Saturday, January 30, 2010

Literal or Literalist? Yes, Catholics DO take the Bible Literally!

Over the last few weeks, I've begun to notice a common refrain from my Hebrew Scripture and New Testament students. Very often, they will say things like, "Yeah, Mr. Duns, Catholics don't take the Bible literally." So, then, how do we take it?

You see, the trouble is that the students are not making a very important distinction (If they did this already, I'd be out of a job!). The distinction is between a literal and a literalist reading of Scripture. Allow me to put on my teacher hat and help to bring out the importance of this distinction.

Catholics associate a literalist approach to the Bible with fundamentalists. On this view, if the Bible says that the world was created in six days then it was created in 144 hours. If the Bible says that humans were present at the very beginning of Creation, then the entire fossil record that shows no presence of human life for millions of years must be false. One might summarize the literalist position by saying: "The Bible says it, I believe it, case closed."

It is, I fear, the literalist approach to the Scriptures that provides such rich ground for debates between science and religion, particularly in certain places where Bible-wielding Christians want evolution taught as "only a theory" and demand due attention to Creationist accounts of life on earth. Evolution, which posits a very long, slow process of ever-greater complexity in living organisms, surely did not take place over the course of six days. The literalist is thus forced to choose between science and religion and to advocate that religious faith be taught as science.

So I'm glad to report that the Catholic Church chooses a different path, one that does not have to pit science against religion. Pope John Paul II, in his encyclical Fides et Ratio, cites with approval the following passage from the First Vatican Council's Dei Filius:
Even if faith is superior to reason there can never be a true divergence between faith and reason, since the same God who reveals the mysteries and bestows the gift of faith has also placed in the human spirit the light of reason. This God could not deny himself, nor could the truth ever contradict the truth.

Catholic tradition recognizes God as the ultimate source of all that exists. Our scientific investigations begin with wonder and our curiosity impels us to probe deeper into the rich fabric of creation in order to know it better. Whether we explore the intricacies of the cell or the unfathomable expanses of the cosmos, the truth of science does not threaten to contradict the truths of our revealed faith, because the the author of the Book of Nature and the author of Book of Scripture is, ultimately, the same. Hence the wonderful insight: truth does not contradict truth.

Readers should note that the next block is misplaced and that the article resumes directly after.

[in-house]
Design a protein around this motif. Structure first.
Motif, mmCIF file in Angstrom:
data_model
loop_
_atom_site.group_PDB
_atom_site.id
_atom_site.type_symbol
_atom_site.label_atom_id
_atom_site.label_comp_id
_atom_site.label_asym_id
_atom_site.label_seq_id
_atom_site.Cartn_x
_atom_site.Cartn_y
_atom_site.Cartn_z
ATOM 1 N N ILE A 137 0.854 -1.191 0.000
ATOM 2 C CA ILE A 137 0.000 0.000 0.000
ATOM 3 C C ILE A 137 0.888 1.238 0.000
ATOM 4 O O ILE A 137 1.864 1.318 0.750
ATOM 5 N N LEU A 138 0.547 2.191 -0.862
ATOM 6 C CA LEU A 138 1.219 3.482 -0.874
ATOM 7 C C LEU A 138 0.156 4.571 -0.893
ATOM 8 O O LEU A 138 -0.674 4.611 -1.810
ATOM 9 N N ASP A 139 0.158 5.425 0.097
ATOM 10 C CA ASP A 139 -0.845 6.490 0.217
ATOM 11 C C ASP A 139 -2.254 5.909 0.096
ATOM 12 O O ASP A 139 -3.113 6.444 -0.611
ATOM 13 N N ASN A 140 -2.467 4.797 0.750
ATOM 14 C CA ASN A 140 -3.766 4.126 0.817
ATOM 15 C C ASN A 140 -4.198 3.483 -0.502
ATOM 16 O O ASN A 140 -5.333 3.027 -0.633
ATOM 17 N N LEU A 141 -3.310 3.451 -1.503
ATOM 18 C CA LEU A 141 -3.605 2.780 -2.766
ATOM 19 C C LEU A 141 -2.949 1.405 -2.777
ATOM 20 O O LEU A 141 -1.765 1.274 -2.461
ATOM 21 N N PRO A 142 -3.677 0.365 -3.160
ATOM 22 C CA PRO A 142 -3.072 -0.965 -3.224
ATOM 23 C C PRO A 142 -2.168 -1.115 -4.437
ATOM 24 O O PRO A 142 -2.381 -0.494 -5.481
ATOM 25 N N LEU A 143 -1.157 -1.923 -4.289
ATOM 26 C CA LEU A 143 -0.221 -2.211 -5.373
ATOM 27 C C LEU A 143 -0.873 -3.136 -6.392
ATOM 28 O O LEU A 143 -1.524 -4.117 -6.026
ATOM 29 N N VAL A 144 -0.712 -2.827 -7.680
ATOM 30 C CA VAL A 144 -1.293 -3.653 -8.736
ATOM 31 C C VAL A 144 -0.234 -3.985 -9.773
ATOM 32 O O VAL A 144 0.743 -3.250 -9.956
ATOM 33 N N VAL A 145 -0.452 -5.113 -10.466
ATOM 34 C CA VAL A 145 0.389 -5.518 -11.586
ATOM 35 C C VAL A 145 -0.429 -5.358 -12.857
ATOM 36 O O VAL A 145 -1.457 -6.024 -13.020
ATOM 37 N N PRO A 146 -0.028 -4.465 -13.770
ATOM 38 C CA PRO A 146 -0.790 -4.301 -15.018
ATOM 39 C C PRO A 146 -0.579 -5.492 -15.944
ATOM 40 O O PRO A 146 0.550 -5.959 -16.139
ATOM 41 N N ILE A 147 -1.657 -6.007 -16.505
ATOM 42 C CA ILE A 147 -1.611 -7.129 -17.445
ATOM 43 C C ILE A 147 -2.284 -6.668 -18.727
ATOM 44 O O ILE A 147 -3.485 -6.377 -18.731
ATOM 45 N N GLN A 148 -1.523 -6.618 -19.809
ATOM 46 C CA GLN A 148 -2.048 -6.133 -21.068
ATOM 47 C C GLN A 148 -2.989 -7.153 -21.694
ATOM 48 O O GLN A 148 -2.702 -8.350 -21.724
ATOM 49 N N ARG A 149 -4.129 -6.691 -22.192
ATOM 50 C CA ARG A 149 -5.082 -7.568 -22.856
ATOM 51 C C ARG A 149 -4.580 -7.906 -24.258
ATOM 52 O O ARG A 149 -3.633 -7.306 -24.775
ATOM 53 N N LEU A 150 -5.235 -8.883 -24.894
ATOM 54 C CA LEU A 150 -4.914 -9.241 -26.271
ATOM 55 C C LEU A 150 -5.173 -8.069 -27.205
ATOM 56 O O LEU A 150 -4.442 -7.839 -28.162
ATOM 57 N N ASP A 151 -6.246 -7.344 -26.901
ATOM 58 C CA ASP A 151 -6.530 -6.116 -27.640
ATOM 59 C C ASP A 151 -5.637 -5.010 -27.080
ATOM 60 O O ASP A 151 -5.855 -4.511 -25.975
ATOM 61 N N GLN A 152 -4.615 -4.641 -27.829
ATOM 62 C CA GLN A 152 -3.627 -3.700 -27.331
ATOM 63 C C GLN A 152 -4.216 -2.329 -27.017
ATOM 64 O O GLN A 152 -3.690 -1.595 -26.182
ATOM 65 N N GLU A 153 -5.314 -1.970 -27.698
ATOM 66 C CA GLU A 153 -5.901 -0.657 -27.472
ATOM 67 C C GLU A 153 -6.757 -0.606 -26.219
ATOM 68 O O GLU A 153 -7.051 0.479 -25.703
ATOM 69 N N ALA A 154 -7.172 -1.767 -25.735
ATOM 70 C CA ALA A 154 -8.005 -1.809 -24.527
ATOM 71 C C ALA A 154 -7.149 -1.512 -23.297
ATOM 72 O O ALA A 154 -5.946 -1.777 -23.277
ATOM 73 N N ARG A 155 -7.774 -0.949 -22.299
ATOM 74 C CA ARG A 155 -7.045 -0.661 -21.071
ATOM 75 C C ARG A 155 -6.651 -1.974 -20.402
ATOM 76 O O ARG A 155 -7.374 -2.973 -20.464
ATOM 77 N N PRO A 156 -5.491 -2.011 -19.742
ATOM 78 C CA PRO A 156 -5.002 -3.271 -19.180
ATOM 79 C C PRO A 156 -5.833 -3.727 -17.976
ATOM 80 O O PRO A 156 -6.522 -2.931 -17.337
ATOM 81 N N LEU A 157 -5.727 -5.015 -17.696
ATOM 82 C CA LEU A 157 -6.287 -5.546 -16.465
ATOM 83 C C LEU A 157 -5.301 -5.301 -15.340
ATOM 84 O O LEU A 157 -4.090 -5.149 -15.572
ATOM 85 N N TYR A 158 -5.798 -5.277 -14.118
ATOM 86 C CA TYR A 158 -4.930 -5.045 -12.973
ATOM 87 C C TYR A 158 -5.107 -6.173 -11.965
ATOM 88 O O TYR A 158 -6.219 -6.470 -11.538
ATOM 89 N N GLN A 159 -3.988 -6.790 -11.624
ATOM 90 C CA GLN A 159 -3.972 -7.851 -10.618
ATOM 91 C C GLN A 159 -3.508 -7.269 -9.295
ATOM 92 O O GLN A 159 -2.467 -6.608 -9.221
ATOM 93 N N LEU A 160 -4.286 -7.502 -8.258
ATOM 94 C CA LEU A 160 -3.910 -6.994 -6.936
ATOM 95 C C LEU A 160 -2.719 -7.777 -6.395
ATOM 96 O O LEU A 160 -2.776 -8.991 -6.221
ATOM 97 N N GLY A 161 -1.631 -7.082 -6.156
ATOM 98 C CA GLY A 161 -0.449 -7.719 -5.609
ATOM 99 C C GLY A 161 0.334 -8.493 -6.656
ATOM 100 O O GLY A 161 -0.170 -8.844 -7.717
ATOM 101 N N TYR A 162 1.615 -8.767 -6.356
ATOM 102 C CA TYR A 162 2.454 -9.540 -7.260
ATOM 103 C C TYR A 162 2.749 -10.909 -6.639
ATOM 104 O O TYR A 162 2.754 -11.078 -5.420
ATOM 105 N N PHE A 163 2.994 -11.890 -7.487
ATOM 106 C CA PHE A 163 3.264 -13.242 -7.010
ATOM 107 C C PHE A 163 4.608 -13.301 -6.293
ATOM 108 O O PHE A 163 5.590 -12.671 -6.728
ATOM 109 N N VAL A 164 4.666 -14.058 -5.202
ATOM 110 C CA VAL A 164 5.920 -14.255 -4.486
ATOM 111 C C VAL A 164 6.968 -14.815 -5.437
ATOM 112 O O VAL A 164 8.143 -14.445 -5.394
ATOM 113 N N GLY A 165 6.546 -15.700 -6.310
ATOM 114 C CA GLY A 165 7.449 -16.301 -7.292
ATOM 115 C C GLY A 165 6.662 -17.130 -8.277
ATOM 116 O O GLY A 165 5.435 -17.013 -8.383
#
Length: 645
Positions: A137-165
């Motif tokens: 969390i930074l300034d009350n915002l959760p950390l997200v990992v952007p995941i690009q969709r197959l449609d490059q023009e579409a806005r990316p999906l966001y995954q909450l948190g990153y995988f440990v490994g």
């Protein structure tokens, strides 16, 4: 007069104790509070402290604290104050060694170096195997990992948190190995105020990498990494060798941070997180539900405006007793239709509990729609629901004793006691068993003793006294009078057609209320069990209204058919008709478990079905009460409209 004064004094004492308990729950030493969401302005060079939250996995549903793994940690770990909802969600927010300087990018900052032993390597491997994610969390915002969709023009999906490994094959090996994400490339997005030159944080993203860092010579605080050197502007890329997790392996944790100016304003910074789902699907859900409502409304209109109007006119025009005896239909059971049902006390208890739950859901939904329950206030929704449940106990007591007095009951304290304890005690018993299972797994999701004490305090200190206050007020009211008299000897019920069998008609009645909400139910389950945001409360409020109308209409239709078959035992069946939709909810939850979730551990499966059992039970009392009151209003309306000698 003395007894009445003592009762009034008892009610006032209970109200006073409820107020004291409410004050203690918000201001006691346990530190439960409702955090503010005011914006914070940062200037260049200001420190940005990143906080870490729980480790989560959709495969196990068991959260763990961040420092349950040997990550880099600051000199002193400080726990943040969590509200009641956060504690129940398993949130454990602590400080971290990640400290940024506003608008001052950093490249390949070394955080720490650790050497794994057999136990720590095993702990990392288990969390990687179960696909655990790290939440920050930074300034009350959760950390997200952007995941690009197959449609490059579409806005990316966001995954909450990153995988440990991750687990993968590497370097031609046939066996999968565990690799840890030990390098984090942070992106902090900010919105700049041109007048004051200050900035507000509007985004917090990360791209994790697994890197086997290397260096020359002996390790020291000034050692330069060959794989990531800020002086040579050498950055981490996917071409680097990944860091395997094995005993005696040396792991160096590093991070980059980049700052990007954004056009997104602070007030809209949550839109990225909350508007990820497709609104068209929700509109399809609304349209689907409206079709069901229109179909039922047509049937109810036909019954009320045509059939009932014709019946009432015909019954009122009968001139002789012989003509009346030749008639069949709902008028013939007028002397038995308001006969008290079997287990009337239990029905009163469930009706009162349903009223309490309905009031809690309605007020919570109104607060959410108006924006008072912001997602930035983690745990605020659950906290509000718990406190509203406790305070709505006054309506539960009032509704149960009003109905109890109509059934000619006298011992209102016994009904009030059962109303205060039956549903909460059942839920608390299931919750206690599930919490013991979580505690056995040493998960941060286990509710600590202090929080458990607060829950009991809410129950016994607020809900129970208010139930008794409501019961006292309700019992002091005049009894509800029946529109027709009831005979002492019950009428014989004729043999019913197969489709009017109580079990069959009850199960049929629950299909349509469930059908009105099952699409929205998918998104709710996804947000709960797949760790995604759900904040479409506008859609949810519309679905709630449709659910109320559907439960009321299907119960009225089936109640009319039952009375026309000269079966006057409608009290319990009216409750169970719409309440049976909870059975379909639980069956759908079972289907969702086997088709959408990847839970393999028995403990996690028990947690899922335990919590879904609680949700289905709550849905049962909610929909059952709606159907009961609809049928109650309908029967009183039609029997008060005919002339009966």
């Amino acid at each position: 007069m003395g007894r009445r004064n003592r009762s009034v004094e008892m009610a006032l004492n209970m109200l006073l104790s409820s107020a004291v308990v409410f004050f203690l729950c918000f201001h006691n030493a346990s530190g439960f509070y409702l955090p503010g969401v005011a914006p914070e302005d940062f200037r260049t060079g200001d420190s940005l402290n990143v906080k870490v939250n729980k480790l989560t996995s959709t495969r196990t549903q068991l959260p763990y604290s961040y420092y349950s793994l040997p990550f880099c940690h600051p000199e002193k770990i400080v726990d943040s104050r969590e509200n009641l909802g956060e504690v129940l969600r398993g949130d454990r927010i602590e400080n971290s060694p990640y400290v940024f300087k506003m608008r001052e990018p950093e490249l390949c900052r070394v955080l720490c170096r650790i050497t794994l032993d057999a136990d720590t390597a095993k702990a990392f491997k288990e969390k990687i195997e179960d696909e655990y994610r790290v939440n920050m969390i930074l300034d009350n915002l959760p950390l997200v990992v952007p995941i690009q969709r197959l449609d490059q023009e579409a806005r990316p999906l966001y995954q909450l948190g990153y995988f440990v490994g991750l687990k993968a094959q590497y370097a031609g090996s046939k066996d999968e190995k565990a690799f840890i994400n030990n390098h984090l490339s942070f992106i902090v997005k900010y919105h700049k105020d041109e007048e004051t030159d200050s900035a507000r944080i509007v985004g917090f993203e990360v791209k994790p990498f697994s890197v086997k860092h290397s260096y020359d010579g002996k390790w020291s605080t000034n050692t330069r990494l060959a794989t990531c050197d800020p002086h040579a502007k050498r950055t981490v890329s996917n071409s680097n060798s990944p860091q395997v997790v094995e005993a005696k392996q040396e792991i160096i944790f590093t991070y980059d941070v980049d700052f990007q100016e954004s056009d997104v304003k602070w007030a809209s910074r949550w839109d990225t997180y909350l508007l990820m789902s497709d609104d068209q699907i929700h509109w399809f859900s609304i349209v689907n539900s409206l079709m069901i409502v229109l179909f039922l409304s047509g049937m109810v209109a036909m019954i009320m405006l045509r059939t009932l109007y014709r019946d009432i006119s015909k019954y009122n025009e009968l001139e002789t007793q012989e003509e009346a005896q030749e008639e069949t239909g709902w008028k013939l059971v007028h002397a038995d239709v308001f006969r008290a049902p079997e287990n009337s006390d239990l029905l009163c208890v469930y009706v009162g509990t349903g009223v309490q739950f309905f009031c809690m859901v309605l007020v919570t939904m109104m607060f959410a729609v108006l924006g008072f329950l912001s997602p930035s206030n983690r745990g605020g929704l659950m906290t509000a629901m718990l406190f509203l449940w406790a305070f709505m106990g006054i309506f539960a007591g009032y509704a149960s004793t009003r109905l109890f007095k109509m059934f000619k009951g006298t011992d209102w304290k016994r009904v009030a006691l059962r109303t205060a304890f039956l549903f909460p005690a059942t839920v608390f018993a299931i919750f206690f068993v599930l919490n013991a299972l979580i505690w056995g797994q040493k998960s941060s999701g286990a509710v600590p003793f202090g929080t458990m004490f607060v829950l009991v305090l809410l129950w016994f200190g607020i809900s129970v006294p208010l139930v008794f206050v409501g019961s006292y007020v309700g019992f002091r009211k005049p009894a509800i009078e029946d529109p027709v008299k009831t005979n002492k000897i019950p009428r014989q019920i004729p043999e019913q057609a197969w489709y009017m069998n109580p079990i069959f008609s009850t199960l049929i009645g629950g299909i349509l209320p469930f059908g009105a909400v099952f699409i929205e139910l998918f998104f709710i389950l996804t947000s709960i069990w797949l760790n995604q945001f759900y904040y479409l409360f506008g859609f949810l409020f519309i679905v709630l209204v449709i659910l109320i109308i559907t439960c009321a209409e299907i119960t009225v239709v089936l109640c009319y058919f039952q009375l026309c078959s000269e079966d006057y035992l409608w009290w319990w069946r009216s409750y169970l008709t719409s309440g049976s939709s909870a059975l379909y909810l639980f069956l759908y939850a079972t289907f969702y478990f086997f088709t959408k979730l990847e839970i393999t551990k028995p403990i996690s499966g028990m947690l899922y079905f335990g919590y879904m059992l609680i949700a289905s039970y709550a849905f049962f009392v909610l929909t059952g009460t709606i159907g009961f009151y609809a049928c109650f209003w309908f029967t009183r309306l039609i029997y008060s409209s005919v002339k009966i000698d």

What, then, is the Catholic approach to the Scriptures? We take it literally! But literal must be distinguished from literalistic. The Catechism of the Catholic Church says:

"The literal sense is the meaning conveyed by the words of Scripture and discovered by exegesis, following the rules of sound interpretation..."(CCC, 116)
The literal interpretation will try to understand what it is that the author wishes to convey the wide assortment of ways used to communicate its message to its readers.

Typically, we are quite adept at making the distinction between literal and literalistic speech. If I said, "That was a brilliant sunset" you would not think that I had somehow tested the IQ of the sun; you would, rather, know that I thought there was an arresting beauty to a natural phenomena. Or if I say that it's raining cats and dogs, you are not seized with a fear that canines and felines are somehow dropping out of the heavens. We know how to recognize metaphors. We take them literally - for they are metaphors - and not as literalist statements of what is happening.

When we approach the Scriptures, we shouldn't be surprised to see that it contains very many different literary forms: letters, histories, hymns, laws, prophecies, parables, genealogies, prayers, etc..! Each of these is a different way of communicating a message. The Bible, Catholics acknowledge, is comprised of many different books each of which shares the Truth of God in a variety of ways.
It is in this way that Catholics do take the Bible literally! We recognize that the Scriptures teach us the truth of who God is and what God has been and is doing in our history. Just as we read a recipe differently from a love letter, or a prayer different from fiction, so must we learn how to read the Scriptures in a way faithful to the many ways it communicates the truth of our salvation.
The Scriptures, Catholics believe, developed over a period of nearly 2,000 years (~1850 BCE - 100 CE) and are the primordial site of our faith and tradition, an inspired and inspiring site where we are drawn more deeply into the drama of salvation history. To understand the Bible literally frees us to explore the truths of nature because the ultimate author of the Scriptures and the ultimate author of Nature are the same; thus it is that the truth of nature and the truth of faith are not enemies and can, rightly pursued, both give glory to their author and Creator!
Post a Comment